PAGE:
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Personality Disorder

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Narcissistic personality disorder, as described in the case study below, is one of 10 clinically recognized personality disorders listed in the Diagnostic and Statistical Manual of Mental Disorders,Fourth Edition-Text Revision (DSM-IV-TR). It is one of 4 Cluster B personality disorders, which are those marked by an intense degree of drama and emotionality. Historically, there has been much debate surrounding the exact definition of the disorder and competing theories exist regarding its etiology and optimal treatment.

A relatively new diagnostic entity, narcissistic personality disorder was only formally recognized as a unique personality disorder in 1980 in the DSM-III. However, the term narcissism traces its roots back to 1898 when the British psychologist Havelock Ellis first used the term to describe a pathological form of self-love or autoeroticism.[1] More than a decade later, Otto Rank published the first psychoanalytic paper on narcissism and Sigmund Freud later explored the concept in his 1914 work, On Narcissism.[2] A host of psychologists and psychiatrists since have made important contributions to our theoretical and clinical understanding of the disorder.

As defined in the 2000 edition of the DSM-IV-TR, narcissistic personality disorder is a pervasive pattern of grandiosity (in fantasy or behavior), a constant need for admiration, and a lack of empathy, beginning by early adulthood and present in a variety of contexts, as indicated by at least 5 of the following criteria:[3]

A grandiose sense of self-importance (eg, the individual exaggerates achievements and talents and expects to be recognized as superior without commensurate achievements)

A preoccupation with fantasies of unlimited success, power, brilliance, beauty, or ideal love

A belief that he or she is special and unique and can only be understood by, or should associate with, other special or high-status people (or institutions).

A need for excessive admiration

A sense of entitlement (ie, unreasonable expectations of especially favorable treatment or automatic compliance with his or her expectations)

Interpersonally exploitative (ie, takes advantage of others to achieve his or her own ends)

A lack of empathy (is unwilling to recognize or identify with the feelings and needs of others)

Envy of others or a belief that others are envious of him or her

A demonstration of arrogant and haughty behaviors or attitudes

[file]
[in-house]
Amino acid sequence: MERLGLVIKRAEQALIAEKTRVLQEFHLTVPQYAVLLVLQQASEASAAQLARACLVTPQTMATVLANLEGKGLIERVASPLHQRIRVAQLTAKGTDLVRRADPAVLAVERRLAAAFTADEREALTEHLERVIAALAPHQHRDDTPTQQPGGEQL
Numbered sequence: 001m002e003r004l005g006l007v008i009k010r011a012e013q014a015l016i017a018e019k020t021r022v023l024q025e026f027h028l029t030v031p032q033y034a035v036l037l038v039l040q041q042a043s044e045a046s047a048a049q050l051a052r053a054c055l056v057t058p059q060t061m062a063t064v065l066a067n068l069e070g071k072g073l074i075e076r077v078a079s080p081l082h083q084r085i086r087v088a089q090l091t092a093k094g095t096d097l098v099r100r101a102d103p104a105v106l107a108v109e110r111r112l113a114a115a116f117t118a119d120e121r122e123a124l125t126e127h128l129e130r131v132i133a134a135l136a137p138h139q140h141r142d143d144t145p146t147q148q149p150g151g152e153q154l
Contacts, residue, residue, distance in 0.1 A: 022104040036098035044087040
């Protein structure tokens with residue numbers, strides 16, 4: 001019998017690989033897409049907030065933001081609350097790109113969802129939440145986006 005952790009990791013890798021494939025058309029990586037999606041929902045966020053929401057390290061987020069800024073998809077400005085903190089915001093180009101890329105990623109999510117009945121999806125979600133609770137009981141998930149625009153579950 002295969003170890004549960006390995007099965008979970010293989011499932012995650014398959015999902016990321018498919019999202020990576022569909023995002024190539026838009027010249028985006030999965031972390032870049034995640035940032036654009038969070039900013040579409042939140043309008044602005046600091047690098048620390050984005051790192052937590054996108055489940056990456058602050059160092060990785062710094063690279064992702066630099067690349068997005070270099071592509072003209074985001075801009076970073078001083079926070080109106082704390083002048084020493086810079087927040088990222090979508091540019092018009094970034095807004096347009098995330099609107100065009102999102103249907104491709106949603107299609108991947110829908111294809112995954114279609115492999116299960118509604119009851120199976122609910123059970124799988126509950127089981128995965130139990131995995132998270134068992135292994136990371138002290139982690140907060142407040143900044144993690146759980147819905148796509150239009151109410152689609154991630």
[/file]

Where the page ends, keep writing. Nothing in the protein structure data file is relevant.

See the video below for an actor portrayal of an individual with narcissistic personality disorder.

This feature requires the newest version of Flash. You can download it here.

This is an actor portrayal of a patient with narcissistic personality disorder. This video clip was provided courtesy of Donald C. Fidler, MD, FRCP-I.

Case study

Mr. L is a 26-year-old third-year medical student who has been suffering from depression and anxiety for several years and is currently engaged in psychotherapy. Mr. L is an overachiever who has always excelled academically--he was at the top of his class at Princeton, received a Rhodes scholarship to study at Oxford, and was granted admission to many of the nation's best medical schools. In addition to his academic accomplishments, Mr. L prides himself on his physical appearance and considers himself to be much better looking than his medical school peers.

During his first therapy session with the psychiatrist, Mr. L brings in a copy of his curriculum vitae as well as copies of his medical school essays and insists that the psychiatrist read these before beginning the session. He states with a small chuckle, "I'm different than most of your clients." In addition, Mr. L asks the psychiatrist, "Exactly how long have you been doing this? You look really young, like you could be my age. I took quite a few advanced courses in psychology at Princeton. Where did you go to medical school again?"

During subsequent sessions, Mr. L talks at length about his disdain for his medical school professors, classmates, and the medical school curriculum in general. He feels that many of his professors are "not that bright" and that their understanding of fundamental medical concepts is cursory at best. He recounts an episode during one of his internal medicine rotations when the attending professor was asked a question by a junior resident but could not provide an adequate answer. Mr. L knew the answer and stated it without hesitation, declaring to the psychiatrist, "It was clear to everyone on rounds that I knew more than both the attending and the resident, I can't believe those a**holes didn't give

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